Monatsarchiv: November 2012

Mexican & Vegan: Chiles en nogada

Exotic, hearty, sweet & spicy – that´s how I would describe the Mexican dish we made last week. My Mexican cooking teacher Rosita told me about it as very traditional dish but not vegan at all. When I saw the pictures of it I decided to try a vegan version which was a very wise decision! 😉 Let´s have a quick look on Wikipedia to see what Chiles en nogada is:

 The name comes from the Spanish word for the walnut tree, nogal. It consists of poblano chiles filled with picadillo (a mixture usually containing shredded meat, aromatics, fruits and spices) topped with a walnut-based cream sauce, called nogada, and pomegranate seeds, giving it the three colors of the Mexican flag: green for the chili, white for the nut sauce and red for the pomegranate. (Wikipedia)

For the vegan version we used vegan minced meat instead of regular one and vegan yogurt + vegan cream. The other ingredients are vegan on its own. All together is just mouth-watering!! I felt a little bit like eating a very exotic vegan chistmas dinner!

Chiles en nogada

  • 400 g vegan minced meat
  • about 10 poblano chiles, or any other (bell) pepper you like and get
  • 1 onion, chopped
  • 1 apple, chopped
  • 1 peach, chopped
  • 2 big tomatoes, chopped (and peeled – I didn´t peel them because I don´t think it´s that necessary)
  • 1/4 cup lemon juice
  • 2 teaspoons sugar
  • 40 g raisins
  • olive oil
  • 1 clove of garlic, chopped
  • salt & pepper to taste
  • 200 g vegan yogurt
  • 200 g vegan cream
  • 300 g chopped walnuts
  • 1/2 teaspoon sugar
  • 1 pinch cinnamon
  • seeds of 1 pomegranate
  • optional: parsley or cilantro

Put the poblano chiles or bell peppers straight into a fairly high flame, or under a broiler and let the skin blister and burn. Turn the chiles from time to time so they do not get overcooked or burn right through. You also can cut them in half, seed them and put them into the oven instead at 200 degrees. Be careful to leave the top of the chili intact.

Afterwards cover the chili with a damp cloth and leave them for about 20 minutes. Peel and seed them (if not done already).

Heat oil in a frying pan. Add onions and garlic. Cook for 2 minutes. Add vegan minced meat. After another 2 minutes add apple, peach and tomatoes. Cook for some minutes more. When ready add raisins, sugar and lemon juice. Season with salt & pepper. Set aside.

Combine yogurt, cream, walnuts, cinnamon and sugar.

Stuff the chilies with filling until they are well filled out. Pour sauce over warm chile peppers and garnish with pomegranate seeds and fresh parsley or cilantro.

¡Buen provecho!

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Algerian & Vegan: Mhadjeb

My Algerian cooking teacher is called Caroline. Yes right – she´s not born in Algeria. Originally Caroline comes from Texas. During a long travel trip about 10 years ago she fell in love with an Algerian guy. Now she´s living in two countries.

Caroline is almost vegan and loves to cook. One of the first Algerian recipes she made herself was Mhadjeb – it´s also called M´hadjeb or Mahdjouba. You can buy those filled Algerian flat breads everywhere in Algeria. It´s one of the most delicious street food you can find there and vegan on its own.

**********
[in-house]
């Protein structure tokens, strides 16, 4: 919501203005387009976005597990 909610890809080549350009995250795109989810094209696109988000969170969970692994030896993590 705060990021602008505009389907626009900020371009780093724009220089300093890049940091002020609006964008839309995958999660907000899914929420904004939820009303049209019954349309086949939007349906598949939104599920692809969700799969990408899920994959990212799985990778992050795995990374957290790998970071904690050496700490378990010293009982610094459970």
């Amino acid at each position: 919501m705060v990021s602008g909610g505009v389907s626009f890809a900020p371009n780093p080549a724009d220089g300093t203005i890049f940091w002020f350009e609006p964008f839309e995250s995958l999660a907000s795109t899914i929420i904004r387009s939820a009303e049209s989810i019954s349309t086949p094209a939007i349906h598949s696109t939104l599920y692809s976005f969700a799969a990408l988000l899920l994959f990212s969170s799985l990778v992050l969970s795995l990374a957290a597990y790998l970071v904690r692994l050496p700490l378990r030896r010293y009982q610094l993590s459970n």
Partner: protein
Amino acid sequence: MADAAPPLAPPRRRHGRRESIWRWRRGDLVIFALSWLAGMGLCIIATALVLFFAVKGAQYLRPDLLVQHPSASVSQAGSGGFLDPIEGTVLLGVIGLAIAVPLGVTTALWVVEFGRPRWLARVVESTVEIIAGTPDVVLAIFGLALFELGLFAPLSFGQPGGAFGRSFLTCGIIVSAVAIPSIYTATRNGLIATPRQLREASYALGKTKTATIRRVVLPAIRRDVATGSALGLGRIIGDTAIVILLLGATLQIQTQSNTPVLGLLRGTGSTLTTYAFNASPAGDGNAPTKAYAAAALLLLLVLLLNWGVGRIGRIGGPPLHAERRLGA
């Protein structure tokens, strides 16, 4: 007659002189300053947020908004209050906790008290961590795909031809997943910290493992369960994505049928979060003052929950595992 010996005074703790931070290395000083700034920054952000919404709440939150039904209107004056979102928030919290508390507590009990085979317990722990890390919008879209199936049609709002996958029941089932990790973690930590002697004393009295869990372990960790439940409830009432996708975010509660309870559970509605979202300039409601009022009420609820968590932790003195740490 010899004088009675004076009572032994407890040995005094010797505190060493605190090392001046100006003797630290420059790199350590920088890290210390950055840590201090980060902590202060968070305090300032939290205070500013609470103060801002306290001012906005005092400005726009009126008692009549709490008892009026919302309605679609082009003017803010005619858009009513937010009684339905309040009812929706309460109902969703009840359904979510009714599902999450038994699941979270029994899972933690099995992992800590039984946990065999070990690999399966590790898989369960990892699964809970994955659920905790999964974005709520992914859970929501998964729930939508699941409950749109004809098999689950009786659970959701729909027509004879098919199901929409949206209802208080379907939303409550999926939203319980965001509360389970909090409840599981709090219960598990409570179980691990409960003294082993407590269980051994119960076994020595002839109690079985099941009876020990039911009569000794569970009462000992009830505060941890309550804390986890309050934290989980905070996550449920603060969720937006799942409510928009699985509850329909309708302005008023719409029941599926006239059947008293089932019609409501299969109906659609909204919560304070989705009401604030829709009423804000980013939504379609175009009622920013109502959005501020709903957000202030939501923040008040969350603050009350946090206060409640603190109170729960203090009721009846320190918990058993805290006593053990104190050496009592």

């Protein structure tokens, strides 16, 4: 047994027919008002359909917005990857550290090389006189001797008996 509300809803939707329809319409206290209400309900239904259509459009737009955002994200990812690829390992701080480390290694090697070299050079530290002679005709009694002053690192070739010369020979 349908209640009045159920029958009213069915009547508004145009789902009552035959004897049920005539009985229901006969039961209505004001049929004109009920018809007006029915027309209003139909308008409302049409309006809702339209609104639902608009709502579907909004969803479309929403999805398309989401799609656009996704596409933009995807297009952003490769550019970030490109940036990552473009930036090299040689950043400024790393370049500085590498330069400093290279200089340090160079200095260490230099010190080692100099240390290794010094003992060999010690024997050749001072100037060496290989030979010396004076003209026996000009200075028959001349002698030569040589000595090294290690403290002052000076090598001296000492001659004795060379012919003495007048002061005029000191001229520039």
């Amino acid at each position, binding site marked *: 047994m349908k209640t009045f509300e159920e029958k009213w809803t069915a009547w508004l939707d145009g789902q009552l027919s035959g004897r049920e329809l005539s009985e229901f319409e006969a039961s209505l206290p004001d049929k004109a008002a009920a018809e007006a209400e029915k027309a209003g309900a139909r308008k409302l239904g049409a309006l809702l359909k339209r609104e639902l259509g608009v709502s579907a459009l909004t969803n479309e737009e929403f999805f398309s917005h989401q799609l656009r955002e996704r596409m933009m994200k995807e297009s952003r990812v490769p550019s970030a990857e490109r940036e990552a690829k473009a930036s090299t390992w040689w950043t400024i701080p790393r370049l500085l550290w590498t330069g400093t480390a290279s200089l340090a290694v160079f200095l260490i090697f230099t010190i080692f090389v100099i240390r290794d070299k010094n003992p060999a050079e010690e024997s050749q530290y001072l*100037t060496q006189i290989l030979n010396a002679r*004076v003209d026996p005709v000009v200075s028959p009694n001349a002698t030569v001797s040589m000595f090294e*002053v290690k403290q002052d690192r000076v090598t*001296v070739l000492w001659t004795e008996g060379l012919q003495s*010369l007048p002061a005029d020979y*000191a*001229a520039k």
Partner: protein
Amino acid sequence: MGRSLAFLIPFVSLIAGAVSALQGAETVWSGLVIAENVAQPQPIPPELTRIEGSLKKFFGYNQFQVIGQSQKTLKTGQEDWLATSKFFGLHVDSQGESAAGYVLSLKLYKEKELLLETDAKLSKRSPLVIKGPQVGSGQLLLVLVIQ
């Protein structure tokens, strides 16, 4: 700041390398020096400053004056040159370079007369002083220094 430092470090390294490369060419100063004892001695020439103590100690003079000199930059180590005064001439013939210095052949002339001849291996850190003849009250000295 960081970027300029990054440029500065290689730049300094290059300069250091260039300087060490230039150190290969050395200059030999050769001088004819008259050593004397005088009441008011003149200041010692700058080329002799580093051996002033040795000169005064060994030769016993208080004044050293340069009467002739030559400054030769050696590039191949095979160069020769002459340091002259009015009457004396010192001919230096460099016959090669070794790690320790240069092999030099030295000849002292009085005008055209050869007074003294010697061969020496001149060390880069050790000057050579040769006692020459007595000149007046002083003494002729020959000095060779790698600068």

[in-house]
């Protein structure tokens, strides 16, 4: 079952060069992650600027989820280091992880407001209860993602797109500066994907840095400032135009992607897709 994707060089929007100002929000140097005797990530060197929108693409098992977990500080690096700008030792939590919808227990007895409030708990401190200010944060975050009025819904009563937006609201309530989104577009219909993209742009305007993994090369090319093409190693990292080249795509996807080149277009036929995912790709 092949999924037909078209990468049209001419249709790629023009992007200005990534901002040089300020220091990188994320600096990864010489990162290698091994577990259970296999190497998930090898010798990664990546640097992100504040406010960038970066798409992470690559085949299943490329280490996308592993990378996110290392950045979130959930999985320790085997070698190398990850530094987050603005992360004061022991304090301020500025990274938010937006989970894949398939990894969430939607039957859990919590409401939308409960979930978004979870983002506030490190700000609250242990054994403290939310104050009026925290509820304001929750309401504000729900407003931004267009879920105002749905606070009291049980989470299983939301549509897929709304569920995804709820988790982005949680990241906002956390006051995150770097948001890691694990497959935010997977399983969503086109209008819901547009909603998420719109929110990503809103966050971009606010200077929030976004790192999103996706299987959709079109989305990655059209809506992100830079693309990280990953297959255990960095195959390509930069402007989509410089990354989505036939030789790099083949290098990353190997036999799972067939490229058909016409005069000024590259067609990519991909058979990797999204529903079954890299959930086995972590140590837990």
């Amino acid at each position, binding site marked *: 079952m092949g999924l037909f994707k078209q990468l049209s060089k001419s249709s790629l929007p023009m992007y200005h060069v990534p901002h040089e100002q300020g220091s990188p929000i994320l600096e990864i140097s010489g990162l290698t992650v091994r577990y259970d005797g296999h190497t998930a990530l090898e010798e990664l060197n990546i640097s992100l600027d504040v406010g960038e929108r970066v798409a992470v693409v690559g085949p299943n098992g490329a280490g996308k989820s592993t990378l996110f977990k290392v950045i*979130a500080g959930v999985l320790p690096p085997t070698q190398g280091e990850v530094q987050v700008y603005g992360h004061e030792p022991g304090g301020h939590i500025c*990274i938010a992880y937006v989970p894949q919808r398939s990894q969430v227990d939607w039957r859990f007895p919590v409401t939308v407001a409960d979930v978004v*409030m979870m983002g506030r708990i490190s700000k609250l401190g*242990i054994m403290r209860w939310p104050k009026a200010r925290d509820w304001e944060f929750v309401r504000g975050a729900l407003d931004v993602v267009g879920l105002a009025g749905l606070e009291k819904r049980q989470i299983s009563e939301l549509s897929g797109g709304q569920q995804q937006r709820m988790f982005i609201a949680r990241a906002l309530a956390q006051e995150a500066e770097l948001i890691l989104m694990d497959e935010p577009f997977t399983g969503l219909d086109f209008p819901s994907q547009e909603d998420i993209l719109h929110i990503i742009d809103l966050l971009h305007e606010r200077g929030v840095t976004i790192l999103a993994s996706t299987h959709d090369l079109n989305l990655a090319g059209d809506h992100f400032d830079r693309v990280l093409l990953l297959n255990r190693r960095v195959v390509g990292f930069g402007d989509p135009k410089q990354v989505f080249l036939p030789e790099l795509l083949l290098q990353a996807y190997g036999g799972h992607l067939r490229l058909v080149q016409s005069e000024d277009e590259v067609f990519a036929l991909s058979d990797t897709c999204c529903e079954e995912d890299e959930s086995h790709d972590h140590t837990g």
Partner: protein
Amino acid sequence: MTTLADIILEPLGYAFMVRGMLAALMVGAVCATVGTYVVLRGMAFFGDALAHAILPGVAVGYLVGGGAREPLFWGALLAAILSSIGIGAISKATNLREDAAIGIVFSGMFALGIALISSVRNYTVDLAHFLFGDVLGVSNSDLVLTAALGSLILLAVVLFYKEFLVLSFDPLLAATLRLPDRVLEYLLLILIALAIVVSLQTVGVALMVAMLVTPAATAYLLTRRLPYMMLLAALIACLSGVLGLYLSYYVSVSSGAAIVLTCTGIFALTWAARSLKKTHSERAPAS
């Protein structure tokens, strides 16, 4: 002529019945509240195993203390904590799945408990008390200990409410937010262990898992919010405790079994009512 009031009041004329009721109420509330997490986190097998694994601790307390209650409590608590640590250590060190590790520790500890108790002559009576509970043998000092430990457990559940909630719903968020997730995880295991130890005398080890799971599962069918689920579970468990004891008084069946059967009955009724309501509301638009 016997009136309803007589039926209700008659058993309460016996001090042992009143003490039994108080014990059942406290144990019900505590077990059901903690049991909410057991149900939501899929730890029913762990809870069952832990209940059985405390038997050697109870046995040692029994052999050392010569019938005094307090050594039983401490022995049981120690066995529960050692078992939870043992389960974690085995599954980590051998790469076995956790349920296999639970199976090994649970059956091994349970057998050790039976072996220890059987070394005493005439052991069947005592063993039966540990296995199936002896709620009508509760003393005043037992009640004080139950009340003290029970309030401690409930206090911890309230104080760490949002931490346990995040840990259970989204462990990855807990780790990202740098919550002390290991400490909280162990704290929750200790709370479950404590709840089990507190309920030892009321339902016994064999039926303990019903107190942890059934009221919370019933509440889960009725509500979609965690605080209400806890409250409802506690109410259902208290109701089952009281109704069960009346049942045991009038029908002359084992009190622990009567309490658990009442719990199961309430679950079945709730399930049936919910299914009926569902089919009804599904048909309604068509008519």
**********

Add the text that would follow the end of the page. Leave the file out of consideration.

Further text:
Mhadjeb is made from semolina and you need a lot of time and patience to knead the dough. It takes a while until it is elastic enough to make the dish. Although Mhadjeb is not one of the easy and fast recipes I offer usually – it´s worth trying. It´s not that hard to make and very, very delicious.

Mhadjeb

  • 500 g semolina
  • 1/2 teaspoon salt
  • water
  • oil
  • 2 tomatoes, chopped
  • 1 onion, chopped
  • harissa
  • salt & pepper

Combine salt and semolina. Add 1 cup water. Mix together and start kneading the dough. Wet your hands from time to time and add enough water to get a smooth, soft and elastic dough. Not too much water though. It should be soft but not sticky. Knead for about 1/2 hour.

Divide dough into small balls. Let stand for about 30 minutes. In the meantime you can prepare the filling.

Heat oil in a frying pan. Add onions. Fry for about 5 minutes. Add tomatoes. Fry another 5 minutes. Add harissa, salt & pepper to taste. Cover and cook over low heat.

Flatten each ball of dough on your lightly oiled working surface. Stretch and form it to a very thin sheet. The dough should be as flat as possible.

Spread a tablespoon of stuffing in the middle of the sheet. Fold the edges over the top like shown in the pictures.

 

Fry in a pan until brown on both sides.

صادق

Ukrainian & Vegan: Varenyky / варе́ники

My last cooking adventure somehow reminded me at my childhood. And I still don’t know why! I think the taste of that yummy dish is similar to something my mother made me for dinner as a child. I´ll have to ask her an figure it out! 😉 But maybe you´ll feel the same way when you  eat that Ukrainian dish. It has all you like when you are a child. It´s sweet, fruity soft and filling. They call it Varenyky – варéники.

And indeed my Ukrainian teacher Eva told me that she ate those dumplings as a child. You also can ate them hearty but we decided to make a sweet and easy cherry filling. Eva is vegetarian and so are the Varenyky but it was pretty easy for us to make them vegan.

Varenyky / варéники

  • 4 cups flour
  • 1-2 cups water
  • 1 tablespoon baking powder
  • 1 tablespoon sugar
  • 1 teaspoon salt
  • sugared cherries, fresh or canned
  • cinnamon
  • vegan butter

Mix flour, baking powder, sugar and salt. Add enough water to make a medium-soft dough. Knead by hand until smooth. Let rest for 30 minutes.

Roll out dough on a floured surface. Using a glass or sth. else that´s round cut out dough rounds.

With a knife or a tablespoon carefully butter the rounds with soft vegan butter. Sprinkle some cinnamon on each round.

Take two or three sugared cherries – depending on how big your rounds are – and place them in the middle of each round.

Fold the dough over to form a half-circle and press the edges together until well sealed and there is no air trapped in the dumpling.